(reign AD 475 - AD 476)
Romulus Augustus was the son of Orestes who once had been an assistant to Attila the Hun, and who had at times been sent on diplomatic visits to Constantinople.
After Attila's death, Orestes joined the service of the western empire and quickly achieved senior position. In AD 474 emperor Julius Nepos made him 'Master of Soldiers' and raised him to the rank of patrician.
In this elevated position Orestes enjoyed far greater support by the troops than the emperor himself. For by now almost the entire garrison of Italy consisted of German mercenaries. They felt very little allegiance to the empire at all. If they had any allegiance then it was to their fellow German 'Master of Soldiers'. For Orestes was half German, half Roman.
Seeing his chance, Orestes launched a coup d'état and marched his troops on Ravenna, the seat of the emperor.
Julius Nepos fled in August AD 475, leaving Italy to Orestes.
But Orestes did not take the throne himself. With his Roman wife he had a son Romulus Augustus. Perhaps Orestes decided that the Romans would be more willing to accept his son, who bore more roman blood in him, than he himself did. In any case, Orestes made his young son emperor of the west on 31 October AD 475.
The eastern empire refused to recognize the usurper and continued to support Julius Nepos who remained an exile in Dalmatia.
Romulus Augustus, the last emperor of Rome, was a target of much mockery, already in his own day. For his name alone invited ridicule. Romulus being the legendary first king of Rome, and Augustus its glorious first emperor.
Hence both his names were at times transformed to reflect the public's disrespect for him. 'Romulus' was changed to Momyllus, which means 'little disgrace'. And 'Augustus' was turned into 'Augustulus', meaning 'little Augustus' or 'little emperor'.
It was the latter version which stuck with him throughout history, with many historians today still referring to him as Romulus Augustulus.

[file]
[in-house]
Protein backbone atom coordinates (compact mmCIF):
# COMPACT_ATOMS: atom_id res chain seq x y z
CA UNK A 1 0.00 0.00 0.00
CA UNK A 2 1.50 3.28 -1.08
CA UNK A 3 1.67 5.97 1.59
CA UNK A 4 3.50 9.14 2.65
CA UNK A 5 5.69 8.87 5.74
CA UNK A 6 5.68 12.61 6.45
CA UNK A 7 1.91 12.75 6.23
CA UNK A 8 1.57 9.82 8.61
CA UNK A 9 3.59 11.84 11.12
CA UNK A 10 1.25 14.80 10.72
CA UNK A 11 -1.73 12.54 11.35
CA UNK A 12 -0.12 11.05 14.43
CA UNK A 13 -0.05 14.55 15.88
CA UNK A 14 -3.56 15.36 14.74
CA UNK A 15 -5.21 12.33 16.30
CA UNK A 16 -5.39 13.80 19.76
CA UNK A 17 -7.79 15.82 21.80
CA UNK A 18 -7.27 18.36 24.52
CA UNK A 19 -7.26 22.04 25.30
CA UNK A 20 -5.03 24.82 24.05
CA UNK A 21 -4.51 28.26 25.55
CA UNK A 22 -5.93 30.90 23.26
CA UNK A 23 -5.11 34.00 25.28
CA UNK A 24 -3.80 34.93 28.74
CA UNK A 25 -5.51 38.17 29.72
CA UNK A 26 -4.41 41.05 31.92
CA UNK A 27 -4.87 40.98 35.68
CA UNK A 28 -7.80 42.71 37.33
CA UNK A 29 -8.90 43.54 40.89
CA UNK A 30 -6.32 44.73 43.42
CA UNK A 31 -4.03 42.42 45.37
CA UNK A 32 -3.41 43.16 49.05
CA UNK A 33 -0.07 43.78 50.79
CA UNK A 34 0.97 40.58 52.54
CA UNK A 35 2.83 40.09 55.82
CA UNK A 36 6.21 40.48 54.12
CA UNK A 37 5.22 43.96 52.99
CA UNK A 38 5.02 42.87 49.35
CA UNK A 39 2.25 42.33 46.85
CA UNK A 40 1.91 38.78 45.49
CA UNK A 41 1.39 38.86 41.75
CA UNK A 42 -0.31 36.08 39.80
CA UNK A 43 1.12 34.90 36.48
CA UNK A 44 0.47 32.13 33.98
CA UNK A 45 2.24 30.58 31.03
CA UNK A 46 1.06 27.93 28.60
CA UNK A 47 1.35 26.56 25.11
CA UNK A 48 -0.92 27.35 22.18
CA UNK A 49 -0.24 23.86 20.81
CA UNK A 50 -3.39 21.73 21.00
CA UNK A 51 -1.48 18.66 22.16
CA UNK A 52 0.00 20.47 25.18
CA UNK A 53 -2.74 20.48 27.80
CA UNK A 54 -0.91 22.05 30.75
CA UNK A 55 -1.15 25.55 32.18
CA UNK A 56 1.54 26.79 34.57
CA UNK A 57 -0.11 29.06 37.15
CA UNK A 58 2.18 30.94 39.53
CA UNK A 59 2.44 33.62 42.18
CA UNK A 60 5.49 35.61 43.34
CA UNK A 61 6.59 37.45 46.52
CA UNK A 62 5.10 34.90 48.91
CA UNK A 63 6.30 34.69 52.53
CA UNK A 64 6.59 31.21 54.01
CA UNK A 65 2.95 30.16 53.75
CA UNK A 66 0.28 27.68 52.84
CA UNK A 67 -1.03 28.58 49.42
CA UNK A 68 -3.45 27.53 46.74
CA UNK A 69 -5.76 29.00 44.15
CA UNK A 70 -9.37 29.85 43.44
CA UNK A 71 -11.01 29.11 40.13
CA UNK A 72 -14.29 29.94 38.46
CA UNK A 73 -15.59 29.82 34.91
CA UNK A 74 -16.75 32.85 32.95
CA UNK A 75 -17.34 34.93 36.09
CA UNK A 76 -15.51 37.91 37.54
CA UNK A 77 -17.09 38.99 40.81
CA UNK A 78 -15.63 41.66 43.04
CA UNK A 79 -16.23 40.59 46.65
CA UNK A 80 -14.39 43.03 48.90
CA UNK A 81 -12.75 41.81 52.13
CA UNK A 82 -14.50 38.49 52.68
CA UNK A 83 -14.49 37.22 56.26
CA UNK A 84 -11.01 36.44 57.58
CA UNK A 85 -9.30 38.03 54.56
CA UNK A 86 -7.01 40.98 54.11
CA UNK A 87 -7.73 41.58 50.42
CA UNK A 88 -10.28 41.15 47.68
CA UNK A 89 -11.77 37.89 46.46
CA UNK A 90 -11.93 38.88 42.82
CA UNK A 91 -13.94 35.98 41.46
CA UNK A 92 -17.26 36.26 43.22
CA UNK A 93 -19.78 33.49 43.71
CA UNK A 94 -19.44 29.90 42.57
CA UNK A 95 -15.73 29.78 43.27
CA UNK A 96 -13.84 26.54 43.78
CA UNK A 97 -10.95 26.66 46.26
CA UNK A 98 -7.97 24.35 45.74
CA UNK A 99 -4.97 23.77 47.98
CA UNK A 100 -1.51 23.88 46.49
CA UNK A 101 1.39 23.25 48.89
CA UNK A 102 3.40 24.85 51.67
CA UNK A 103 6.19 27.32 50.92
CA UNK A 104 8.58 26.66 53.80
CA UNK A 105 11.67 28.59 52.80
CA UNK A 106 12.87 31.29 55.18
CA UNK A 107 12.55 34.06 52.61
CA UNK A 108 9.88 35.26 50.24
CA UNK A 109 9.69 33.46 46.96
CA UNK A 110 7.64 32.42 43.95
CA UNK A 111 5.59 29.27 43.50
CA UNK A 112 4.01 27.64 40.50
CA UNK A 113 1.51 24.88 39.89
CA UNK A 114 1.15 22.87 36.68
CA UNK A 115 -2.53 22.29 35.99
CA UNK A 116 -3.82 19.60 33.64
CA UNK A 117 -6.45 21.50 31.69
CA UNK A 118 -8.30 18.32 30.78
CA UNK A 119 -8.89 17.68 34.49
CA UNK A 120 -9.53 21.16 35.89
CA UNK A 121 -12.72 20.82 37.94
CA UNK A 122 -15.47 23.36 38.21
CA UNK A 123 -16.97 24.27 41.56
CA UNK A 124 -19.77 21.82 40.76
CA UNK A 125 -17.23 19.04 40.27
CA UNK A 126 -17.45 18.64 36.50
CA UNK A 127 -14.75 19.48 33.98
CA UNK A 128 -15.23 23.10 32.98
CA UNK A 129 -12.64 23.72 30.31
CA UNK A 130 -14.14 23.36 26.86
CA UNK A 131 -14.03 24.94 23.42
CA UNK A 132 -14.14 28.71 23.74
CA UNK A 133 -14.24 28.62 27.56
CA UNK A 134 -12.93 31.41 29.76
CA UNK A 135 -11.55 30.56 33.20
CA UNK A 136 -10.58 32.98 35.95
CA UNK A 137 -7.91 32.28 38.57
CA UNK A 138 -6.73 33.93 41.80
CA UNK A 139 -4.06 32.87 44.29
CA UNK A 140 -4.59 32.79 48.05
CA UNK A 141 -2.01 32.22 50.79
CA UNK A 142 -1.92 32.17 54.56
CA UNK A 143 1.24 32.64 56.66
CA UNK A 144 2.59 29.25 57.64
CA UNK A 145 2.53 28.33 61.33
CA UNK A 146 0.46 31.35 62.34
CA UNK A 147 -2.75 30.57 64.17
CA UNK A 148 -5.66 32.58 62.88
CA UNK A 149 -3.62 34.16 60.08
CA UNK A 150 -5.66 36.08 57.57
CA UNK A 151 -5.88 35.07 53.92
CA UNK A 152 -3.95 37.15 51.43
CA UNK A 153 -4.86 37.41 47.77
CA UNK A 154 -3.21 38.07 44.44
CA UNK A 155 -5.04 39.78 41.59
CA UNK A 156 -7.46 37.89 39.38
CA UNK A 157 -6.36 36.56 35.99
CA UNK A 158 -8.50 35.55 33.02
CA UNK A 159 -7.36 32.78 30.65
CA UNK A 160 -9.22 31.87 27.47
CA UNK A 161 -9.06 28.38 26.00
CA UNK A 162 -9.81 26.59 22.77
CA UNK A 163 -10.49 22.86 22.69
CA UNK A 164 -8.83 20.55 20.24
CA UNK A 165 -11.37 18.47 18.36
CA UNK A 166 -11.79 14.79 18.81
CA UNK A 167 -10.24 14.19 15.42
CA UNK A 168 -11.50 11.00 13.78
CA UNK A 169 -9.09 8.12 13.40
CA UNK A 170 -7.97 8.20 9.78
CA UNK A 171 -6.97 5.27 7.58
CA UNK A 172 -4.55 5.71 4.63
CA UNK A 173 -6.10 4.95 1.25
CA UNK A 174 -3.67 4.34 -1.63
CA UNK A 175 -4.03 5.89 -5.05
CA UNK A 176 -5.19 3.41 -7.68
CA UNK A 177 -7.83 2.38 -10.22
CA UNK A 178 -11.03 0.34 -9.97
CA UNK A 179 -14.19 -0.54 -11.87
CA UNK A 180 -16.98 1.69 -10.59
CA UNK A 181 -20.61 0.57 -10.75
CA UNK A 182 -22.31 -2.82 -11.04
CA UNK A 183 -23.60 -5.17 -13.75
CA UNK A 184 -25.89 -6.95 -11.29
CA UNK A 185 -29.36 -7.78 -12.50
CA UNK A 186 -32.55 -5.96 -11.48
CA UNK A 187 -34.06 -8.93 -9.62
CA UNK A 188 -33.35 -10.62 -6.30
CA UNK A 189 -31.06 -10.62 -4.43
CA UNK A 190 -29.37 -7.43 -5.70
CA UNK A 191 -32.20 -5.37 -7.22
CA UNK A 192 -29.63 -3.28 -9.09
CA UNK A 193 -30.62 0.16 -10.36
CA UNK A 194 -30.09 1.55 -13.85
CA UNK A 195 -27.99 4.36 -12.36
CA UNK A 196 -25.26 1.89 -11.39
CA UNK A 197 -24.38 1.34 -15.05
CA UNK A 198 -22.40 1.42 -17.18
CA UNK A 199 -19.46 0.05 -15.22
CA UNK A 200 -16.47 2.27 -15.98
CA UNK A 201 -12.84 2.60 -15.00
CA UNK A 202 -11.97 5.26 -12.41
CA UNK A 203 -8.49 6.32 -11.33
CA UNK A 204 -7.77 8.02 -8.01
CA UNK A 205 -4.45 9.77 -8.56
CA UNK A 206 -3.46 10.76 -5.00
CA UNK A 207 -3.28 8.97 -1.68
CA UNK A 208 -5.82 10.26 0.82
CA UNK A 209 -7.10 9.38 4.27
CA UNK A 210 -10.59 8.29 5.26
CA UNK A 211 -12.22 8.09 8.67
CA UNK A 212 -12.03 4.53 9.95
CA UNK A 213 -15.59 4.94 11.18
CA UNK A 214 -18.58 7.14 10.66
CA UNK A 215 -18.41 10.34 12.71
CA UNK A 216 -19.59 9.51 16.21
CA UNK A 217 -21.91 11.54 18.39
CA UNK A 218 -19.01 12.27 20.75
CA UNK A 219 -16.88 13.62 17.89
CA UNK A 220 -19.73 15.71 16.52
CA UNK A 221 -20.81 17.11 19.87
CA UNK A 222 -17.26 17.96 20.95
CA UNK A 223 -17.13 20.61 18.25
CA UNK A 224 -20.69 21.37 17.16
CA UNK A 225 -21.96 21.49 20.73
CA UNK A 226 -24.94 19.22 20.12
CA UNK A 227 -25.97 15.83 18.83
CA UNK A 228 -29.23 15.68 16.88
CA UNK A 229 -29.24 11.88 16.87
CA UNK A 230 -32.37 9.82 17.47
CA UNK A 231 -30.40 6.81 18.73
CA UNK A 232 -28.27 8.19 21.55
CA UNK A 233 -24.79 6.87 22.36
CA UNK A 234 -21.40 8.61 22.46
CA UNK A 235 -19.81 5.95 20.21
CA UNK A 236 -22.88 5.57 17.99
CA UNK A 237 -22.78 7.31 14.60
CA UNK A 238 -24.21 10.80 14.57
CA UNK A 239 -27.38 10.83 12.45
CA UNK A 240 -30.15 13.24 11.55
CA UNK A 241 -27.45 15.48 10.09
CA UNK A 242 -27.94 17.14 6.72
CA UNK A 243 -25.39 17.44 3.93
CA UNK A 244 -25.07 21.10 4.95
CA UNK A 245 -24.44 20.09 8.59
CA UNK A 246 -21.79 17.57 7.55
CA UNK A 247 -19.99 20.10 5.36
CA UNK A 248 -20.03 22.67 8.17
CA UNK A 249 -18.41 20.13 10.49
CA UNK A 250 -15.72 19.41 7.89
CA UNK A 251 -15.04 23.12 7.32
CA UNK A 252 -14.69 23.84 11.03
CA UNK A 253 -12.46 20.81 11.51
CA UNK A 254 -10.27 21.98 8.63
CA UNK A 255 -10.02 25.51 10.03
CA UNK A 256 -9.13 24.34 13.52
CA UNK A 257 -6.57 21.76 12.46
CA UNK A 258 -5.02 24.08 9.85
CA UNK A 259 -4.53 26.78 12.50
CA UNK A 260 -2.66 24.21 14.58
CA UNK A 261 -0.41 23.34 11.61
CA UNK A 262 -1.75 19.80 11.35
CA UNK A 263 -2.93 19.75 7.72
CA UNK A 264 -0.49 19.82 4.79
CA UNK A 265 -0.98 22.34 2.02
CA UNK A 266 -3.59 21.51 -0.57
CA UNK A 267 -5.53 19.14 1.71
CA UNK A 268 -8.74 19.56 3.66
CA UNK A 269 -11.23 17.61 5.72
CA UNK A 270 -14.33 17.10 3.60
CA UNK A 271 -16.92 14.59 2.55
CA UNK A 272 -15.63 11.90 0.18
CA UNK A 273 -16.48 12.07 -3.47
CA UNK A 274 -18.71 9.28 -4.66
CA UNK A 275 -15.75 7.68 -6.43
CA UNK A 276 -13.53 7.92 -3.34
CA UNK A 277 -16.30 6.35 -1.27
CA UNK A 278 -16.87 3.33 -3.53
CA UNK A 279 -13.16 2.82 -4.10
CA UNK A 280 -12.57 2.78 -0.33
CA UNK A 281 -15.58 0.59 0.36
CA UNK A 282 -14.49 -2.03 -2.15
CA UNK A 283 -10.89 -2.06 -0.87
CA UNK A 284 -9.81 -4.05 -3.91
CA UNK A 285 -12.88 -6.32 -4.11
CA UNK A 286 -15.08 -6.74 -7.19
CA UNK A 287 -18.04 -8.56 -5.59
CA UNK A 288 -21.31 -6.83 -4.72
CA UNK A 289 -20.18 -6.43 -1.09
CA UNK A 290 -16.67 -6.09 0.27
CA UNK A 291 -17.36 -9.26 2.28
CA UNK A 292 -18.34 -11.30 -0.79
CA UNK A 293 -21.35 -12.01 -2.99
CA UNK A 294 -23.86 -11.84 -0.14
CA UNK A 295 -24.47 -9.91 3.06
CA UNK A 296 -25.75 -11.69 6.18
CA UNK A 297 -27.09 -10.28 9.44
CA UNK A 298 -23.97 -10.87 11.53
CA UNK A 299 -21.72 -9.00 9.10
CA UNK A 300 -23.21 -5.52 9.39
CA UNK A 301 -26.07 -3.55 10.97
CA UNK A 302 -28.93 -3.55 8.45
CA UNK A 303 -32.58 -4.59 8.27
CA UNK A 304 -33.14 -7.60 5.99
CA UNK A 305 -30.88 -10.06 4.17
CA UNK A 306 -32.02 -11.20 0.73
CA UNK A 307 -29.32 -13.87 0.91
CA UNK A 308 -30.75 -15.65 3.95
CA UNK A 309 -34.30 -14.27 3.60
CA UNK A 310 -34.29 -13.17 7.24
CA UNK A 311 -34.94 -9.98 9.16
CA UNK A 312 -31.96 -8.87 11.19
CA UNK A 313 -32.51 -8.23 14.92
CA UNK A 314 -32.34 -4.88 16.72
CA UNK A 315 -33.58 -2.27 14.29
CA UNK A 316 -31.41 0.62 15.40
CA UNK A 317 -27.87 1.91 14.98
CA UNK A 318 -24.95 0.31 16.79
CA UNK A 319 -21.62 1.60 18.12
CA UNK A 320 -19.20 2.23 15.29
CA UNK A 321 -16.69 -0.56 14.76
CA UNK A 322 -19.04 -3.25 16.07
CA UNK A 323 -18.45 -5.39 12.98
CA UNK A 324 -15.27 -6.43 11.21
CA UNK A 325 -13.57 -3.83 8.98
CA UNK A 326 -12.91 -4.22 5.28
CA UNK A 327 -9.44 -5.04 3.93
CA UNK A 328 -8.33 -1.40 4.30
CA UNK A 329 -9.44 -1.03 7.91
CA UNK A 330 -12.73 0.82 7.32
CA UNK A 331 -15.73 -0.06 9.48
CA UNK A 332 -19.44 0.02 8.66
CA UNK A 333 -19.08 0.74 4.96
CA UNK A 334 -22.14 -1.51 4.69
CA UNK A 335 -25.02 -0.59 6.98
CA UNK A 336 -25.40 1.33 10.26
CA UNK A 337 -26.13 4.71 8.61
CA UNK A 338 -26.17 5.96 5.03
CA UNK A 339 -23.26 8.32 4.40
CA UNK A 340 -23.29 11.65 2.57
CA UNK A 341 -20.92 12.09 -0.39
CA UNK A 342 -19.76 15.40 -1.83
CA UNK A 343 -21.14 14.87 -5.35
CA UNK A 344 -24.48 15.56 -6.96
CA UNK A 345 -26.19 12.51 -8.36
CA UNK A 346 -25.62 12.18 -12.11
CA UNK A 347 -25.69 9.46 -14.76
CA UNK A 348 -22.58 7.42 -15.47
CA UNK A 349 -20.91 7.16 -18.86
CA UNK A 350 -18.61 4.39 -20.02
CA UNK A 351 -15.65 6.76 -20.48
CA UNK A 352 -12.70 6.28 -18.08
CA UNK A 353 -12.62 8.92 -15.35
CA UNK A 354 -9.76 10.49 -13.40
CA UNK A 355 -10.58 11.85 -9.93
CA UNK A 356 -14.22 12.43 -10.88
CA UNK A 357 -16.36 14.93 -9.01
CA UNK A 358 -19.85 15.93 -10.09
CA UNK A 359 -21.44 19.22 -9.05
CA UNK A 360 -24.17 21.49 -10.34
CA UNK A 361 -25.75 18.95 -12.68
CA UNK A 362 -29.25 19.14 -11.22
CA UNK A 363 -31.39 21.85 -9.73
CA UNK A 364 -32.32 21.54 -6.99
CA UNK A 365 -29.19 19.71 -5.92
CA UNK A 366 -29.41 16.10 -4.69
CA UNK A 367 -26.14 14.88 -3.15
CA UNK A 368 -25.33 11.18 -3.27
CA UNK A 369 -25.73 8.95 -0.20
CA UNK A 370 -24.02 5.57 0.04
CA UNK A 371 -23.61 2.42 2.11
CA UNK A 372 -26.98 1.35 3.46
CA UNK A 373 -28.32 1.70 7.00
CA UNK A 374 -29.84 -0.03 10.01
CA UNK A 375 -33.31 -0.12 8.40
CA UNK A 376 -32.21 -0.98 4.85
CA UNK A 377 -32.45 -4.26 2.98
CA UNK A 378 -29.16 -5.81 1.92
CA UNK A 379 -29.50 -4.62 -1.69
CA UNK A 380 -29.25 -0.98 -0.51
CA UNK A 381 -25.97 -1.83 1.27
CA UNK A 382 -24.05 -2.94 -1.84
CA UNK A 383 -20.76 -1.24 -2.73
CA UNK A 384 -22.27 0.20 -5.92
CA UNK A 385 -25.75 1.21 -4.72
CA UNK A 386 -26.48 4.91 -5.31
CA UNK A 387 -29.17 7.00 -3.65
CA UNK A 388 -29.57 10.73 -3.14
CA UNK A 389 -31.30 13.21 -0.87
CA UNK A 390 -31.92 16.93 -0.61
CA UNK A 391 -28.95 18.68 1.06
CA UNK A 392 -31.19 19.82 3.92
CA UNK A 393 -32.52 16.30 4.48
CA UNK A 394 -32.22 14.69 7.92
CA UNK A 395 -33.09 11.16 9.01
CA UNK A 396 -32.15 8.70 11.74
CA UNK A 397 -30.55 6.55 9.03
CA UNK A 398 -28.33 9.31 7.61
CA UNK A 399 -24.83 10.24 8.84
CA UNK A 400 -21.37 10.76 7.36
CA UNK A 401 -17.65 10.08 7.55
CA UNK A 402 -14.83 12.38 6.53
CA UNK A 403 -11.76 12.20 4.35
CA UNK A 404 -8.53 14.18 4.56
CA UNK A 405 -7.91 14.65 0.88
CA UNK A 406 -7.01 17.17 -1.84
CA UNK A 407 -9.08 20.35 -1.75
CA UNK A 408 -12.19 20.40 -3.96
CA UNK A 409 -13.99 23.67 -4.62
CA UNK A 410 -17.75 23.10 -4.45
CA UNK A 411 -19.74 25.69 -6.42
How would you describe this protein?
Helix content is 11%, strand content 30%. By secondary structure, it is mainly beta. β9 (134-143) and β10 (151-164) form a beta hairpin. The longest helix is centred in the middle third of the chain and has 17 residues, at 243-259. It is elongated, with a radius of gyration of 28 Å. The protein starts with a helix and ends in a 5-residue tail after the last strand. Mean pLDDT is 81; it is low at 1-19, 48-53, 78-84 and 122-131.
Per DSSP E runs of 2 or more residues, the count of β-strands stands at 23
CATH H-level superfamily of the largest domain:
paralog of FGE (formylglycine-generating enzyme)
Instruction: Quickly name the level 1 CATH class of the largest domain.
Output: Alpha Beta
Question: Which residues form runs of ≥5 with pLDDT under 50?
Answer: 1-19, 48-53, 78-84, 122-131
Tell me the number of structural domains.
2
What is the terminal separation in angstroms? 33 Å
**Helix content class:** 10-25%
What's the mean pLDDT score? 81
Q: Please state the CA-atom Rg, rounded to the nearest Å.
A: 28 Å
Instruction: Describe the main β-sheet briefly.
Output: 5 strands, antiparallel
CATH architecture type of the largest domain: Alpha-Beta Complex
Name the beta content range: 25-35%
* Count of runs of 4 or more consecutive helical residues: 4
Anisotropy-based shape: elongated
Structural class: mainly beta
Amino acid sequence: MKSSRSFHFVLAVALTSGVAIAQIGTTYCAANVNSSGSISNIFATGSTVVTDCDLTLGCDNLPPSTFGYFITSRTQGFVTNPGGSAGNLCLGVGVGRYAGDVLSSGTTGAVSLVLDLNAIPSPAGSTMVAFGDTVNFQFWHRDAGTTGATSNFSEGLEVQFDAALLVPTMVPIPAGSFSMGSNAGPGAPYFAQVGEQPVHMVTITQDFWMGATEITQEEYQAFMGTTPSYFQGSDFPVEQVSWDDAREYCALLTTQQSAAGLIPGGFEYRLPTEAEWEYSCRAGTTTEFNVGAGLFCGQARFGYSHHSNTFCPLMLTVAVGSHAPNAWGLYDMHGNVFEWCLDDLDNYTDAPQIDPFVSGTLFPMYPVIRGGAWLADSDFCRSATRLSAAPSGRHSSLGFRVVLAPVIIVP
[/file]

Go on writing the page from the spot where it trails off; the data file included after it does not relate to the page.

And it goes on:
But only ten months after Romulus' accession to the throne, a serious mutiny of the troops arose.
The reason for the troubles was that in other parts of the western empire landowners had been obliged to hand over possession of up to two thirds of their estates to allied Germans within the empire.
But this policy had never been applied to Italy. Orestes had at first made promises of such land grants to the German soldiery if they would help him depose Julius Nepos. But once this had been done he had chosen to forget such concessions.
But the German troops were not willing to let the issue be forgotten and demanded 'their' third of the land.
The man who led their protest was one of Orestes' own senior officers, Flavius Odoacer (Odovacar).
Faced with such a wide scale mutiny, Orestes withdrew behind the well fortified walls of the city of Ticinum (Pavia). But the mutiny was not to be a short lived affair.
Ticinum was besieged, captured and sacked. Orestes was taken to Placentia (Piacenza) where he was executed in August AD 476.
Orestes' brother (Paul) was soon after killed during fighting near Ravenna.
Odoacer thereafter captured the city of Ravenna and forced Romulus to abdicate on 4 September AD 476. The deposed emperor was retired to a palace at Misenum in Campania with an annual pension of six thousand solidi.
The date of his death is unknown. Though some accounts indicate that he may still have been alive in AD 507-11.